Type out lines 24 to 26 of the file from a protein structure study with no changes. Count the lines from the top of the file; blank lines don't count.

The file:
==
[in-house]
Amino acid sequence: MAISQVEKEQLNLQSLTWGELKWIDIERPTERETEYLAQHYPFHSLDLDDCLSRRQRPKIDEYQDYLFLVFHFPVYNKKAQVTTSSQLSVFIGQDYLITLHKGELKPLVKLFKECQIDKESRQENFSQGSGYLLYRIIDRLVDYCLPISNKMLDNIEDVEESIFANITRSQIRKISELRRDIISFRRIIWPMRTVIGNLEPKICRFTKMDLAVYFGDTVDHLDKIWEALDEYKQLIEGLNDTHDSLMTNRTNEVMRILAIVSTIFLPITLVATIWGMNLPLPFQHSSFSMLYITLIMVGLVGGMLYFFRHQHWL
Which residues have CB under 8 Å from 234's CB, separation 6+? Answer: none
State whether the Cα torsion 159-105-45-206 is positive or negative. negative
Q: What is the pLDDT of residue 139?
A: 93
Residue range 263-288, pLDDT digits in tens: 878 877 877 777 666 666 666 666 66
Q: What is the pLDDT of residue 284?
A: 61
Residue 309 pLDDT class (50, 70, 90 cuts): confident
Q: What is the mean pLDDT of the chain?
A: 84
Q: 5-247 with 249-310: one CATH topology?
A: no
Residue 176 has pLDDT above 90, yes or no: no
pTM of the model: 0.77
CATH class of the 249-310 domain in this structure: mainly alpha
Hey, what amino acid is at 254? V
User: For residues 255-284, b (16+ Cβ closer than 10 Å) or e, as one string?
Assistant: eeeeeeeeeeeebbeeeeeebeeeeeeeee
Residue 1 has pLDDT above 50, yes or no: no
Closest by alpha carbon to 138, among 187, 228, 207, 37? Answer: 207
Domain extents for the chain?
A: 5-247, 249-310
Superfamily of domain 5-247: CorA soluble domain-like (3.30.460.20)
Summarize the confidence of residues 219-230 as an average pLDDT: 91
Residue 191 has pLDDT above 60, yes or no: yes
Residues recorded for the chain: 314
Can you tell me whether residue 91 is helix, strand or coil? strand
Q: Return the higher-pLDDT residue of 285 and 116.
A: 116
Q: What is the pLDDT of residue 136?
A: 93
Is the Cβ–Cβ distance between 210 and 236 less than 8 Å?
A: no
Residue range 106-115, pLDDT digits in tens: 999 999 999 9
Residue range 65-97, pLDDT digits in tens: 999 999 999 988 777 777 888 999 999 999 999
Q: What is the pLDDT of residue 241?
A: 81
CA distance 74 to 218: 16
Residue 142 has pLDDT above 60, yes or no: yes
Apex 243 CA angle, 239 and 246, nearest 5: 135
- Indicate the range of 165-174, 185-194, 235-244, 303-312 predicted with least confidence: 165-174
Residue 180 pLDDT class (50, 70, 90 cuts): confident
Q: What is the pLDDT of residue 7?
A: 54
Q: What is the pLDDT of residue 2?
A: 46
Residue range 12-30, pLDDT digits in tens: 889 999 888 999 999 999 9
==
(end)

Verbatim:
A: 5-247, 249-310
Superfamily of domain 5-247: CorA soluble domain-like (3.30.460.20)
Summarize the confidence of residues 219-230 as an average pLDDT: 91